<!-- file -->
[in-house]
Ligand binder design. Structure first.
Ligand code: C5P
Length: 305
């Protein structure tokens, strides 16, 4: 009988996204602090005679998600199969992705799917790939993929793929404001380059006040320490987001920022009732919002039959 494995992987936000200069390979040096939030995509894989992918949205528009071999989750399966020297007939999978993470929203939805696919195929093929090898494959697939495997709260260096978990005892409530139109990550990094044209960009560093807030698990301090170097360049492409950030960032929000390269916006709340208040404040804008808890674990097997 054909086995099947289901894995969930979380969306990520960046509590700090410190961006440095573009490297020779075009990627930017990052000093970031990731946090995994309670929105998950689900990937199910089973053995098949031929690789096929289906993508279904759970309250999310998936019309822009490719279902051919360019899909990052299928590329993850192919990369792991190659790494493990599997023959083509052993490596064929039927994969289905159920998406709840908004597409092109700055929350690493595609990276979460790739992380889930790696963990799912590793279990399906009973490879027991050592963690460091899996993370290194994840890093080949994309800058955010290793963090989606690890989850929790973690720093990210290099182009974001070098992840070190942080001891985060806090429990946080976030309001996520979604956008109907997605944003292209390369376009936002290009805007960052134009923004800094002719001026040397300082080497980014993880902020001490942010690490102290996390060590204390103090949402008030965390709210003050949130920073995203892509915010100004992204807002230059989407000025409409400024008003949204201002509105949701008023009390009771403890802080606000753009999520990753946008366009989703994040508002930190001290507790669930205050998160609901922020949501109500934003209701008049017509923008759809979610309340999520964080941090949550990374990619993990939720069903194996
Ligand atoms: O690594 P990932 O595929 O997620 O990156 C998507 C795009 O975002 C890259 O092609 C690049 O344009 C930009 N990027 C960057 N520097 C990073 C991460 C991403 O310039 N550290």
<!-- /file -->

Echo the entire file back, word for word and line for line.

[in-house]
Ligand binder design. Structure first.
Ligand code: C5P
Length: 305
């Protein structure tokens, strides 16, 4: 009988996204602090005679998600199969992705799917790939993929793929404001380059006040320490987001920022009732919002039959 494995992987936000200069390979040096939030995509894989992918949205528009071999989750399966020297007939999978993470929203939805696919195929093929090898494959697939495997709260260096978990005892409530139109990550990094044209960009560093807030698990301090170097360049492409950030960032929000390269916006709340208040404040804008808890674990097997 054909086995099947289901894995969930979380969306990520960046509590700090410190961006440095573009490297020779075009990627930017990052000093970031990731946090995994309670929105998950689900990937199910089973053995098949031929690789096929289906993508279904759970309250999310998936019309822009490719279902051919360019899909990052299928590329993850192919990369792991190659790494493990599997023959083509052993490596064929039927994969289905159920998406709840908004597409092109700055929350690493595609990276979460790739992380889930790696963990799912590793279990399906009973490879027991050592963690460091899996993370290194994840890093080949994309800058955010290793963090989606690890989850929790973690720093990210290099182009974001070098992840070190942080001891985060806090429990946080976030309001996520979604956008109907997605944003292209390369376009936002290009805007960052134009923004800094002719001026040397300082080497980014993880902020001490942010690490102290996390060590204390103090949402008030965390709210003050949130920073995203892509915010100004992204807002230059989407000025409409400024008003949204201002509105949701008023009390009771403890802080606000753009999520990753946008366009989703994040508002930190001290507790669930205050998160609901922020949501109500934003209701008049017509923008759809979610309340999520964080941090949550990374990619993990939720069903194996
Ligand atoms: O690594 P990932 O595929 O997620 O990156 C998507 C795009 O975002 C890259 O092609 C690049 O344009 C930009 N990027 C960057 N520097 C990073 C991460 C991403 O310039 N550290």